As Iran continues to grab the headlines coming out of the Middle East, the Obama Administration is said to be quietly pushing Israel to soften its stance on Gaza to relax its vice-like grip on the border crossings, in order to ease the growing humanitrian crisis.
Any diplomatic initiative by Obama that lessens the suffering of the Gazan people has to be welcomed with a degree of urgency, especially in relation to the blockade of food and medicines.
Just as food and medicines shortages are deemed critical, so is the supply of energy, with much of the Gazan infrastructure said to be at breaking point, leading to routine power blackouts.
In order to help rectify this, earlier this month, an Israeli construction team finished work on a new pipeline for the transfer of fuel and natural gas from Israel to the Gaza strip. This is a crazy situation because it should be the Gazans who are exporting gas to the Israelis and not the other way around.
An estimated 60 percent of the gas reserves along the Gaza-Israel coastline actually belong to Palestine. Currently, British Gas (BG Group) and its partner, the Athens based Consolidated Contractors International Company (CCC) hold the oil and gas exploration rights to the whole of the offshore Gazan marine area, the rights to which were signed in a 25 year agreement in November 1999 with the Palestinian Authority. Reserves are estimated by British Gas to be of the order of 1.4 trillion cubic feet.
Back in May 2007, the Israeli Cabinet approved a proposal by Prime Minister Ehud Olmert “to buy gas from the Palestinian Authority”. The proposed contract was for $4 billion, of which one billion was to go the Palestinians.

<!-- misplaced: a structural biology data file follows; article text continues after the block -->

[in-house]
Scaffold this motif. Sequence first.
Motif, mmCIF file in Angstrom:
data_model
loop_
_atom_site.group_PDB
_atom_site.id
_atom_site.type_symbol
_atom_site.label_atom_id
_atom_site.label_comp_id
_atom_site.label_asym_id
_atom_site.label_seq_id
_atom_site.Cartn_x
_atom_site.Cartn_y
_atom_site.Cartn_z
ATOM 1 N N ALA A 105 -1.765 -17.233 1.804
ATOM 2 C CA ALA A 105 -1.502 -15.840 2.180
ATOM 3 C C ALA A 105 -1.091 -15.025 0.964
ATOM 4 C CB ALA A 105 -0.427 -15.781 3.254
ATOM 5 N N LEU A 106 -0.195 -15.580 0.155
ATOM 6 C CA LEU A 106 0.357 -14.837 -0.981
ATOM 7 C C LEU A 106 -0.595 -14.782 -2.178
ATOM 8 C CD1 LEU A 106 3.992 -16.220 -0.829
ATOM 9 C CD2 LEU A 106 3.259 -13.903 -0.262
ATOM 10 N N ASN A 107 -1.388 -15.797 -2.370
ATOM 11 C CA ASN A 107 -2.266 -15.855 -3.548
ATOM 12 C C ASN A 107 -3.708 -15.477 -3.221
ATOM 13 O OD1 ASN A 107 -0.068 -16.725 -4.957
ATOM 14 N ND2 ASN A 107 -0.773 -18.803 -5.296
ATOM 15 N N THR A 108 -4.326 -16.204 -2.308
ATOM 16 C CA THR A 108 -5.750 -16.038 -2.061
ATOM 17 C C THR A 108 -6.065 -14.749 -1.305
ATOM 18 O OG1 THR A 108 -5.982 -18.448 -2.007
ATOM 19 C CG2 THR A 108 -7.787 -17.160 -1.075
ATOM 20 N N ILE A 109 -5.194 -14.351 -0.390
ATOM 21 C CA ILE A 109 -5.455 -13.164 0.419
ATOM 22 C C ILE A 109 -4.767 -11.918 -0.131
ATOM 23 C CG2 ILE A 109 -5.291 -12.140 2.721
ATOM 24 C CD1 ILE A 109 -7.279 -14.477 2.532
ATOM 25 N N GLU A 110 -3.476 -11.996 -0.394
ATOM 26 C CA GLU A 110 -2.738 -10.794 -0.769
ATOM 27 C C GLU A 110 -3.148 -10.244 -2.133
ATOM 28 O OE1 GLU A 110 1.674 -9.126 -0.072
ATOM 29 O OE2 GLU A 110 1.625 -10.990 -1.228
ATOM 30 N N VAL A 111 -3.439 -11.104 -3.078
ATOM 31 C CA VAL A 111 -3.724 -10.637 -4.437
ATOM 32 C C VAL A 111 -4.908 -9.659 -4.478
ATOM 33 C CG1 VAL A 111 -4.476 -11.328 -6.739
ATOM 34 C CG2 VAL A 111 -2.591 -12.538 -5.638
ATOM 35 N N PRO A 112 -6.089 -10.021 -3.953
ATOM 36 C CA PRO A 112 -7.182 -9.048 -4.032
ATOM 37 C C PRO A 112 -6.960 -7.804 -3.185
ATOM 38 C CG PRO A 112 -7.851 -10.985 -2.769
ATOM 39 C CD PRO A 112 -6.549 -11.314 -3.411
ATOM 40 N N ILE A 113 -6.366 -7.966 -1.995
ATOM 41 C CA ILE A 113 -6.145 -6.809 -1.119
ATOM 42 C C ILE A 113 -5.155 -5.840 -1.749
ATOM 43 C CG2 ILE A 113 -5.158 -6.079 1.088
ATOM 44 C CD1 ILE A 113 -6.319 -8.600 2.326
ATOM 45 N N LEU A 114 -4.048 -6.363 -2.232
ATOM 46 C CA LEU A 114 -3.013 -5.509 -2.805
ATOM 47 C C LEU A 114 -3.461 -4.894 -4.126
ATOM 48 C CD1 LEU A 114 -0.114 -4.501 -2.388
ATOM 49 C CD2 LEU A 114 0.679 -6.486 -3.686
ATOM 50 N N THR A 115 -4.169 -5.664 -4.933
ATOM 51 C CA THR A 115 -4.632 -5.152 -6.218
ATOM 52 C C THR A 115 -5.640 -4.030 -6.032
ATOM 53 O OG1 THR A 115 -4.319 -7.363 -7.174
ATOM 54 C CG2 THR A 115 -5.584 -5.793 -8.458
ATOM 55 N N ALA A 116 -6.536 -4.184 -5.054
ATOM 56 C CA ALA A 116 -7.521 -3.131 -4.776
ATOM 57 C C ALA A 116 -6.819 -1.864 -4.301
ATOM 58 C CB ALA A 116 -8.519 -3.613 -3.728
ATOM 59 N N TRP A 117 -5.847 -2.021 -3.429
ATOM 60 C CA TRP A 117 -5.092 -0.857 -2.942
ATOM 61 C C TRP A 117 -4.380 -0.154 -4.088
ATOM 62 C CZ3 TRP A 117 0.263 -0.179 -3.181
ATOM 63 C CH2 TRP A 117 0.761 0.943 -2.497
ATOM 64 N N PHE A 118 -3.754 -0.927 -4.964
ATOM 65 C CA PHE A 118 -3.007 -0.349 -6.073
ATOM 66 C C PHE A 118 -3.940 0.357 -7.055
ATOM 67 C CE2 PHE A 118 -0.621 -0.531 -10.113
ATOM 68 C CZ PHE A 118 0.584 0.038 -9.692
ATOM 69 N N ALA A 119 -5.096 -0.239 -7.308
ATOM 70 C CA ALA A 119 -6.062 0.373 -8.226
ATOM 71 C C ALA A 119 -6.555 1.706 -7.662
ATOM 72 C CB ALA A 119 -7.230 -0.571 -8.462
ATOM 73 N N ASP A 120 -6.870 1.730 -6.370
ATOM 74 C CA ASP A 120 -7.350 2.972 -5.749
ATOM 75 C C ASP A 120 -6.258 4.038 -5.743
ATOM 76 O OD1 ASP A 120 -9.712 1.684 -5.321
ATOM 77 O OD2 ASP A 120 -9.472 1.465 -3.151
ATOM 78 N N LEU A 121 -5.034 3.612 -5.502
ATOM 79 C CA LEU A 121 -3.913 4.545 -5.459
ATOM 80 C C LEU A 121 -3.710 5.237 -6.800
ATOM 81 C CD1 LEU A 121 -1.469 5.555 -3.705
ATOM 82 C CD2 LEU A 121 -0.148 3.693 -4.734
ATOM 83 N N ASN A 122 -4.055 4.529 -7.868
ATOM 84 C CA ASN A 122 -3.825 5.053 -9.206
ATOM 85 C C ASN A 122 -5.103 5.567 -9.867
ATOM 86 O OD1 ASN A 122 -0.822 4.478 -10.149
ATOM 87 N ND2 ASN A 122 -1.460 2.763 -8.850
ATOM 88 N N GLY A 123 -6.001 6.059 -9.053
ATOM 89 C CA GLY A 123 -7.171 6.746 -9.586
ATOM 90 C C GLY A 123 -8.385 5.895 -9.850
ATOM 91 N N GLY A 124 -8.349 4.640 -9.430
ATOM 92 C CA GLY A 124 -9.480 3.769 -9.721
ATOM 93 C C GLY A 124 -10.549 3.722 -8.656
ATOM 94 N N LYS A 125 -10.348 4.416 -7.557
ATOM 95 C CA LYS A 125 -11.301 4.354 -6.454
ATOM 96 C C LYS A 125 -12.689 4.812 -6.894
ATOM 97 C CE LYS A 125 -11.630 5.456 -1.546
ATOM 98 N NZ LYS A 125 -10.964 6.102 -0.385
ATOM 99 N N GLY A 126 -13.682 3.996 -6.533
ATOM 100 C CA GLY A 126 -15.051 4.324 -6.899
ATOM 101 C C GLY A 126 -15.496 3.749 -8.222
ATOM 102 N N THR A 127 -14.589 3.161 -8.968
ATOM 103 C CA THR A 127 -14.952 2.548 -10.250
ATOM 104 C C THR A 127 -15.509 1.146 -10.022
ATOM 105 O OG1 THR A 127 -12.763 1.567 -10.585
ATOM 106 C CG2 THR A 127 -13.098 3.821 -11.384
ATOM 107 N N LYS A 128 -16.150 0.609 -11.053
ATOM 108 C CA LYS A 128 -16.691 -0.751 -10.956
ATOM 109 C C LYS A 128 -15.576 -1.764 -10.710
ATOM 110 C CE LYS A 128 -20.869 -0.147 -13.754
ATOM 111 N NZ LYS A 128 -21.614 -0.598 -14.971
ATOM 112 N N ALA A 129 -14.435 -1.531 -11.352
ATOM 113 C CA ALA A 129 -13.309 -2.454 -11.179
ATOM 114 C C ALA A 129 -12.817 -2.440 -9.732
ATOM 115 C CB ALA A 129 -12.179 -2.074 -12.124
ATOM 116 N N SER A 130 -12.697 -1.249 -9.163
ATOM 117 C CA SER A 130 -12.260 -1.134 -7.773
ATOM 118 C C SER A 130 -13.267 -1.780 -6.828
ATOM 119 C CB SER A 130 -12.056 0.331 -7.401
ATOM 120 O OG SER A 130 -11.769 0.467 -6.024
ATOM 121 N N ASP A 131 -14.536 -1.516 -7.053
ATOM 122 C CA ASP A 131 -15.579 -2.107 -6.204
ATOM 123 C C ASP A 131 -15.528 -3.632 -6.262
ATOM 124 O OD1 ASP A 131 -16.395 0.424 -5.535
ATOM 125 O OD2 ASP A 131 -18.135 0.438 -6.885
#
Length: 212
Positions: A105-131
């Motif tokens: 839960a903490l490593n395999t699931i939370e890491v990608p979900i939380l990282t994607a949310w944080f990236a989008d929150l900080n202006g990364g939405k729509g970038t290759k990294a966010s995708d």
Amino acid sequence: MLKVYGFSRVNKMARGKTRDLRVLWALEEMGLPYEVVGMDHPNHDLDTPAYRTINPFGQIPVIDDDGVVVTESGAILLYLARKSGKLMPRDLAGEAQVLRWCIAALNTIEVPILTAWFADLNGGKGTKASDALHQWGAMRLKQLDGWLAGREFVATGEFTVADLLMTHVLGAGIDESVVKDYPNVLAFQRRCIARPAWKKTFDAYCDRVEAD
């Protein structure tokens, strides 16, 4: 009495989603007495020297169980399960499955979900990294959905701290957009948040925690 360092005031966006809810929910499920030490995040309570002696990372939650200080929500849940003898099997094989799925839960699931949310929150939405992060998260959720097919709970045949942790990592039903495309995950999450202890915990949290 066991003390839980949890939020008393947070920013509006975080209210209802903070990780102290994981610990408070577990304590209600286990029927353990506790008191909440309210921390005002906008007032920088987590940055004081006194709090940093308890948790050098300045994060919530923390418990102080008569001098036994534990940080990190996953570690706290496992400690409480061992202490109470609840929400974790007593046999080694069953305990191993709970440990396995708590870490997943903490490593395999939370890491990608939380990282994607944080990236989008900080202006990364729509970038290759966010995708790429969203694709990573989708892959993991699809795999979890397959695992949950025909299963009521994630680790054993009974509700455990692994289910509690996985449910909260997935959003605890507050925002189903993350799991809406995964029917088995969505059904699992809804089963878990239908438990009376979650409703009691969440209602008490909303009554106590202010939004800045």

However the Israelis have been out to scupper this deal and take the gas reserves for their own.
Writing in Alternet recently Noam Chomsky noted how new attacks by Israeli naval vessels against Gazan fishermen “began shortly after the discovery by the British Gas group of what appear to be quite sizeable natural gas fields in Gaza’s territorial waters. Industry journals report that Israel is already appropriating these Gazan resources for its own use, part of its commitment to shift its economy to natural gas.”
Chomsky quotes Platt’s Commodity News, from February this year saying that “Israel’s finance ministry has given the Israel Electric Corp. approval to purchase larger quantities of natural gas from BG than originally agreed upon, according to Israeli government sources [which] said the state-owned utility would be able to negotiate for as much as 1.5 billion cubic meters of natural gas from the Marine field located off the Mediterranean coast of the Palestinian controlled Gaza Strip.”
Chomsky adds that “The pillage of what could become a major source of income for Palestine is surely known to US authorities” and could be one of the reasons behind the recent Israeli invasion into Gaza.
Chomsky is not the only academic who believes this. Michel Chossudovsky is a Canadian economist and professor of economics at the University of Ottawa. Writing earlier this year he argued that “the military invasion of the Gaza Strip by Israeli Forces bears a direct relation to the control and ownership of strategic offshore gas reserves. This is a war of conquest. Discovered in 2000, there are extensive gas reserves off the Gaza coastline.”
He continues: “the issue of sovereignty over Gaza’s gas fields is crucial. From a legal standpoint, the gas reserves belong to Palestine … however, the death of Yasser Arafat, the election of the Hamas government and the ruin of the Palestinian Authority have enabled Israel to establish de facto control over Gaza’s offshore gas reserves.”
Chossudovsky argues that the decision to speed up negotiations with British Gas (BG Group) by the Israelis coincided, chronologically, with the planning of the invasion of Gaza initiated back in June 2008.
He argues that “the military occupation of Gaza is intent upon transferring the sovereignty of the gas fields to Israel in violation of international law.”
If Obama is serious about building peace in the Middle East he has to make sure this does not happen.